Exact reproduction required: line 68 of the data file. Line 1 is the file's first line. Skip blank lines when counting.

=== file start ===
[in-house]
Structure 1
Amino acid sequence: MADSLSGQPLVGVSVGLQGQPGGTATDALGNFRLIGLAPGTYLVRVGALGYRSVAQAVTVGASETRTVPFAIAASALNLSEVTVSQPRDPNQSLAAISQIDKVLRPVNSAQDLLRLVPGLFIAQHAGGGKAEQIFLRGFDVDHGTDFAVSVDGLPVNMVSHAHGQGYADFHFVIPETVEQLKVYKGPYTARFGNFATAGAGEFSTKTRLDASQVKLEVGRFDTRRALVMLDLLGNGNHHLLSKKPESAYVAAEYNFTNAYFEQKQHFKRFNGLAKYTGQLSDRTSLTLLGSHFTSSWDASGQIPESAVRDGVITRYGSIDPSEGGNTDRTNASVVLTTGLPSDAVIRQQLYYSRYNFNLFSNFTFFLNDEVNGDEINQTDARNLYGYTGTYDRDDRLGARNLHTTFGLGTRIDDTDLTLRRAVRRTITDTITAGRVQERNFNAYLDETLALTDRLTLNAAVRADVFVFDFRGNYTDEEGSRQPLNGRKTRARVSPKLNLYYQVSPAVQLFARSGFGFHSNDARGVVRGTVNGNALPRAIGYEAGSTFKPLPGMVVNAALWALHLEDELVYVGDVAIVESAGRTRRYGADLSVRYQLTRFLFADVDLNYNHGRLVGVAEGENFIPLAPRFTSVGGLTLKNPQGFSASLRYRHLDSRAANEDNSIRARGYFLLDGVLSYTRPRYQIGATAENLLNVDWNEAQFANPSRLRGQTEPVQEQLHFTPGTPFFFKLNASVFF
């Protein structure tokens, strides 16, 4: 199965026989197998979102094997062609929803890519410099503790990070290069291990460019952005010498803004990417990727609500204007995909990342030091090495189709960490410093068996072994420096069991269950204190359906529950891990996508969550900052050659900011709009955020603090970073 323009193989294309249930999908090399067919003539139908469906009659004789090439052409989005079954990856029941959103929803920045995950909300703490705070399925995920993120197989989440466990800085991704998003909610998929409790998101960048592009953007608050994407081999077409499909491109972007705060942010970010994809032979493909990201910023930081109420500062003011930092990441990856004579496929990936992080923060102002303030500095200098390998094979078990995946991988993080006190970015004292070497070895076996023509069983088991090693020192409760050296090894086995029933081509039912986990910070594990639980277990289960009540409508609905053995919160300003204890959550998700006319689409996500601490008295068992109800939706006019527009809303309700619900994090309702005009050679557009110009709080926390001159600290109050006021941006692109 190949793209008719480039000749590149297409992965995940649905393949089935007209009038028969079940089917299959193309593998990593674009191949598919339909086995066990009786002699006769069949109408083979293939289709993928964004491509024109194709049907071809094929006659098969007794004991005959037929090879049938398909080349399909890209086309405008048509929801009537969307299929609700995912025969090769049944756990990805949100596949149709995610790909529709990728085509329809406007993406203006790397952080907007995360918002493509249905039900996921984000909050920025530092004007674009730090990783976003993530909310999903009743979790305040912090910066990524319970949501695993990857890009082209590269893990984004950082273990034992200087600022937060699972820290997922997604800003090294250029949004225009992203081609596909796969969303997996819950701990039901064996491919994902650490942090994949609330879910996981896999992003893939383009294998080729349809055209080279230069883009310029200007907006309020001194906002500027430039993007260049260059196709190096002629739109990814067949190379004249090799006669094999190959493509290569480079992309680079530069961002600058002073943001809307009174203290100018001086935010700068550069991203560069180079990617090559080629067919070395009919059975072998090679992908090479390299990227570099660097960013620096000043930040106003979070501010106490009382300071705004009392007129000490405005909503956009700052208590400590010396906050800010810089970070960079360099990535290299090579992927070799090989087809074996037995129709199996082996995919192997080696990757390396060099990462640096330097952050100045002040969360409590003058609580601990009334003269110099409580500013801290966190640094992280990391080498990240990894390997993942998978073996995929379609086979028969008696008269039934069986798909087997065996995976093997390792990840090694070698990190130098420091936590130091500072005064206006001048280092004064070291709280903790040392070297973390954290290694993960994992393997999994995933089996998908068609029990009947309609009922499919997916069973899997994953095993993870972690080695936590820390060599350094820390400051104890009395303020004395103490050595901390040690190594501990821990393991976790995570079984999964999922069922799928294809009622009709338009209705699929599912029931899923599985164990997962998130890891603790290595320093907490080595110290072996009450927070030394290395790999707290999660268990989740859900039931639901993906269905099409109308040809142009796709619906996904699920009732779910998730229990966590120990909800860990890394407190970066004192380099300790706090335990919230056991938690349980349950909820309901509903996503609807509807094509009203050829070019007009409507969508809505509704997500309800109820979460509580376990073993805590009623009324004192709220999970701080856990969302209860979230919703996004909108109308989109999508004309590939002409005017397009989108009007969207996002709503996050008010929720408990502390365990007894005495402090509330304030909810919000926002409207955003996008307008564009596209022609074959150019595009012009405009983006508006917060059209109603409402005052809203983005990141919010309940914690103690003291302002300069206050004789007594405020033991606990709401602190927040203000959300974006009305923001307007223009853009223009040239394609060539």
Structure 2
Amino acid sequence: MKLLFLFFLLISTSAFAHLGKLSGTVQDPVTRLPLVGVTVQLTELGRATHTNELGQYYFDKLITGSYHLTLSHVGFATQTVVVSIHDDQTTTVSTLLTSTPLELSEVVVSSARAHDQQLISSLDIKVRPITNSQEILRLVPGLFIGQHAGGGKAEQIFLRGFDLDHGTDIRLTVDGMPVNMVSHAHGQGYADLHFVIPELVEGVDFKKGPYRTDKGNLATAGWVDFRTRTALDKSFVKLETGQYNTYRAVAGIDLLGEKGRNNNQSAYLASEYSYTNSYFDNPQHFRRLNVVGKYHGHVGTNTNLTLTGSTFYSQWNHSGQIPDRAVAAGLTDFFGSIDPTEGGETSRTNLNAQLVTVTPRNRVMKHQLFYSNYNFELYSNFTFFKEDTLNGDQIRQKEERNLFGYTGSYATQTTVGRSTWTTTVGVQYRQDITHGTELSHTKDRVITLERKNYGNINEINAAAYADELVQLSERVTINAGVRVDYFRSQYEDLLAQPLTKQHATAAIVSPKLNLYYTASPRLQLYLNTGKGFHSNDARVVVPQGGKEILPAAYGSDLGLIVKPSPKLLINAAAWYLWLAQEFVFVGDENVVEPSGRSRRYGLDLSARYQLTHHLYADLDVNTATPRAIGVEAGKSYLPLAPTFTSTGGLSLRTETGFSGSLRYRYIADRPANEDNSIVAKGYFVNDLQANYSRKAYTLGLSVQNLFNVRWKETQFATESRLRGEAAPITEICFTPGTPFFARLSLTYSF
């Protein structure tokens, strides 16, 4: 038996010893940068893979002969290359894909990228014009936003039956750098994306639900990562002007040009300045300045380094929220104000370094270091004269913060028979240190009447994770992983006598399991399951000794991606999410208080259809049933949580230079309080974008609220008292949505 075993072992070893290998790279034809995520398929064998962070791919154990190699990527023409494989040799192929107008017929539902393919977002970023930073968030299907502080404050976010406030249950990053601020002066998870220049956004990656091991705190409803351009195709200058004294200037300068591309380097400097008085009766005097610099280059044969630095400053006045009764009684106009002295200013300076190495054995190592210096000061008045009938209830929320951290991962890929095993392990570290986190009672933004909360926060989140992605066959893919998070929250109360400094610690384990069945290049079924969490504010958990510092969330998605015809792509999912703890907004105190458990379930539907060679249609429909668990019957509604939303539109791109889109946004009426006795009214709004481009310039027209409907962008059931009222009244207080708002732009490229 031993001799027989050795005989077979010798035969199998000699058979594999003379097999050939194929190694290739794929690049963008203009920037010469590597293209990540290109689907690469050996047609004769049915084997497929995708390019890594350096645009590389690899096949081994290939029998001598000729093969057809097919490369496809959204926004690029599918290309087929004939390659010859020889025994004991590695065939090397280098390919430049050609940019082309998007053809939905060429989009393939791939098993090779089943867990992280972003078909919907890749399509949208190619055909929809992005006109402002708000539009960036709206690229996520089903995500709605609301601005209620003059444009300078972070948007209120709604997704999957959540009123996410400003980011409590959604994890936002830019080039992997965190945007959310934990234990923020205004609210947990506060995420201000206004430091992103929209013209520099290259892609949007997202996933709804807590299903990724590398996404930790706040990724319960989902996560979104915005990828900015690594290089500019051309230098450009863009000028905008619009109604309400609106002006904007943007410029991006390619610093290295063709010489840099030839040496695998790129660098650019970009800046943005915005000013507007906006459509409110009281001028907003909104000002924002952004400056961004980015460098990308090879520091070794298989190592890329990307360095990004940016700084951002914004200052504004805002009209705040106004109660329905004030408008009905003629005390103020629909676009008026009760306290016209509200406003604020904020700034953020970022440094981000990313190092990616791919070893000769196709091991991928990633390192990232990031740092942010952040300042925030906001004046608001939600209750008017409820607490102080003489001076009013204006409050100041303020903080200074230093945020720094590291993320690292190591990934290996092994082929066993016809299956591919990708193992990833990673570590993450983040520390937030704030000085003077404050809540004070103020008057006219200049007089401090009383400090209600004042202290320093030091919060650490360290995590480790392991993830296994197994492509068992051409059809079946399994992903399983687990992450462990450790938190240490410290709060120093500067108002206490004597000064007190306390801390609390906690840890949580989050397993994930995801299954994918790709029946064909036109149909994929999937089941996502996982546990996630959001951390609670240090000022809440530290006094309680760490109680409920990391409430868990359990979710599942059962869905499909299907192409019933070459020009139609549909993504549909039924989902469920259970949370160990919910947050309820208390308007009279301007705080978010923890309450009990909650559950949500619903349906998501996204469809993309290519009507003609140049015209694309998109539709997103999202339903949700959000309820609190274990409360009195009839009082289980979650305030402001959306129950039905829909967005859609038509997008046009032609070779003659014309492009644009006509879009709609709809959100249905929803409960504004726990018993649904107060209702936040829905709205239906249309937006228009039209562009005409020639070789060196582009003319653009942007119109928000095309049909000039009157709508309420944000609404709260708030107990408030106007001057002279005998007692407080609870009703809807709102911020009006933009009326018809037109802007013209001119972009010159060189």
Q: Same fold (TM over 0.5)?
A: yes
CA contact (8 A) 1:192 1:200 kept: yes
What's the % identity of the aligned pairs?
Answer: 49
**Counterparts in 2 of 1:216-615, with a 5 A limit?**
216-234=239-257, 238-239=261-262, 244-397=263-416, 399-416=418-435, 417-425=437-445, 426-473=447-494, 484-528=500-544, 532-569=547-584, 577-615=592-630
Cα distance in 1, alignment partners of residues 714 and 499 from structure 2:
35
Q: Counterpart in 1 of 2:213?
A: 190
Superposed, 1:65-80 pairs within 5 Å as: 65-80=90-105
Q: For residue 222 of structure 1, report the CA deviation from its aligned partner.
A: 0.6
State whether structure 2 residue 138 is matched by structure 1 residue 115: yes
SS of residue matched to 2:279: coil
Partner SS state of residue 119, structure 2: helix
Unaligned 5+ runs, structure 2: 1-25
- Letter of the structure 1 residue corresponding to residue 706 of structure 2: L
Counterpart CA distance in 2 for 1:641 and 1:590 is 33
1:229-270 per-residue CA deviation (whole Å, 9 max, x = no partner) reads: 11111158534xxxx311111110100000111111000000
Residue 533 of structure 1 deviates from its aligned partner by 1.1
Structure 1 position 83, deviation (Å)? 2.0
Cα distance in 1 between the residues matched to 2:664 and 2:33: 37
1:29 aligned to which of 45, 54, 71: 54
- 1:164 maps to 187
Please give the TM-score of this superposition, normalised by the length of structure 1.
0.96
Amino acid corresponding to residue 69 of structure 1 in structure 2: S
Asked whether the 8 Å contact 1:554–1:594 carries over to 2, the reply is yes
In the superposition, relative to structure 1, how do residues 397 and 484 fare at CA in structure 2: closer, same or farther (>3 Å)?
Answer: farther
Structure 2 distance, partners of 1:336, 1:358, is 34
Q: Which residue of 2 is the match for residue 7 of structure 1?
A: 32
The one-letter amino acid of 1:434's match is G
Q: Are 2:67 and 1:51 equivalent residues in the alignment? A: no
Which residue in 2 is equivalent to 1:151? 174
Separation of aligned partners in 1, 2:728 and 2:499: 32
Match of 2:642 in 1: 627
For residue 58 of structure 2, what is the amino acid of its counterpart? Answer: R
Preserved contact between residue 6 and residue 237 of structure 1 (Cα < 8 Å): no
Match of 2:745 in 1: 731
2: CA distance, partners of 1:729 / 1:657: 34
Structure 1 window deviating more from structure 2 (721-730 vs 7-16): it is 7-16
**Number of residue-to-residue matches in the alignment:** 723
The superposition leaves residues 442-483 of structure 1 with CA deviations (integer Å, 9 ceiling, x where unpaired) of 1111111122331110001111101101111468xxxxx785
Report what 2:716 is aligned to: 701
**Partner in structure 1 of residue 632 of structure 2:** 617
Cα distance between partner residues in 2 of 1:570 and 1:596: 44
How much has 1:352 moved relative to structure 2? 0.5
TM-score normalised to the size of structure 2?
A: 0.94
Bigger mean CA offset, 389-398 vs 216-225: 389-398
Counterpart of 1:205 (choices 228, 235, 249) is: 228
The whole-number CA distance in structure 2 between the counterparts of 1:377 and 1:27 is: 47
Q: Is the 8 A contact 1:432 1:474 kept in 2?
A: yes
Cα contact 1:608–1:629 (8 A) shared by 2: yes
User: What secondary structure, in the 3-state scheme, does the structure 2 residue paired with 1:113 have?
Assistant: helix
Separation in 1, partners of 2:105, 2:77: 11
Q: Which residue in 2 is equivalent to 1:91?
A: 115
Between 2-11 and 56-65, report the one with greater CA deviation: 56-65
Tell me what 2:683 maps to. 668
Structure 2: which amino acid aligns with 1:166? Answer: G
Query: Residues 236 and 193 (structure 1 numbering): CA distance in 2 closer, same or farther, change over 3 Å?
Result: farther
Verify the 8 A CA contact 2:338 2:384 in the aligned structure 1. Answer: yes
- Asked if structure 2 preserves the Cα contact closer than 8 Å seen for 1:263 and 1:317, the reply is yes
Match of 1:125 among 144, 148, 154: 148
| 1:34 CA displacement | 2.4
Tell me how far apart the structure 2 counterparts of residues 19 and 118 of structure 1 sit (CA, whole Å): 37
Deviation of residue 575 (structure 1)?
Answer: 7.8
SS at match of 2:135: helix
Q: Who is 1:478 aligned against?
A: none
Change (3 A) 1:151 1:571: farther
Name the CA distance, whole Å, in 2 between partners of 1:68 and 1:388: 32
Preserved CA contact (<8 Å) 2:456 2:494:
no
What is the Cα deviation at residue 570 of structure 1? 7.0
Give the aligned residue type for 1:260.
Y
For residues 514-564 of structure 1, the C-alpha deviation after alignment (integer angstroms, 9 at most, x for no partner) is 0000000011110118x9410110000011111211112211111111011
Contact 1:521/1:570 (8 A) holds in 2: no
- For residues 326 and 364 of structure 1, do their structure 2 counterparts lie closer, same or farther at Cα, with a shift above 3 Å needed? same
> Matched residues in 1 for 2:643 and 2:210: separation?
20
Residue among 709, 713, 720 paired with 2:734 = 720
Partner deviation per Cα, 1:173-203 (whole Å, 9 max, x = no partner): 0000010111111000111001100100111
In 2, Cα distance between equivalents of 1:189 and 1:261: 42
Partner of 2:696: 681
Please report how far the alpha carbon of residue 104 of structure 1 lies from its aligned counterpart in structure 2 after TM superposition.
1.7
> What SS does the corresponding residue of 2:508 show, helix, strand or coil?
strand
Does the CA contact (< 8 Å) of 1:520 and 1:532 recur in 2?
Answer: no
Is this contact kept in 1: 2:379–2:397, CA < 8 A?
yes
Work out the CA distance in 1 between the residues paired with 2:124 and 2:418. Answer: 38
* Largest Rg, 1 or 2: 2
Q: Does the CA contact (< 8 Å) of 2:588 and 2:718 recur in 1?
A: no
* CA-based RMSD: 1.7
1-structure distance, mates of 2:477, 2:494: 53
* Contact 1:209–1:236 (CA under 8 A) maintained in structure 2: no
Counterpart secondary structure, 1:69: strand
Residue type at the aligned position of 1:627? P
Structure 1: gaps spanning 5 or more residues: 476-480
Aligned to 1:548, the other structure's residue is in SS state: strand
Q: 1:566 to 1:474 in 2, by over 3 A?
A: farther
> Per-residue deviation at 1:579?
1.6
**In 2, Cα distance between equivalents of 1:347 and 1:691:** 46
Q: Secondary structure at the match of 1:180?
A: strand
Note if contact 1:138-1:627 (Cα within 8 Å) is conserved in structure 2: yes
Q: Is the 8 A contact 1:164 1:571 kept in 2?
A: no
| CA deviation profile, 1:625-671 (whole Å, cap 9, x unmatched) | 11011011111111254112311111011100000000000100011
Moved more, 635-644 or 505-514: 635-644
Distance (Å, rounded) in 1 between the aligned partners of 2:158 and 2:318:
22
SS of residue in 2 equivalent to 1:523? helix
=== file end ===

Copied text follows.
Assistant: helix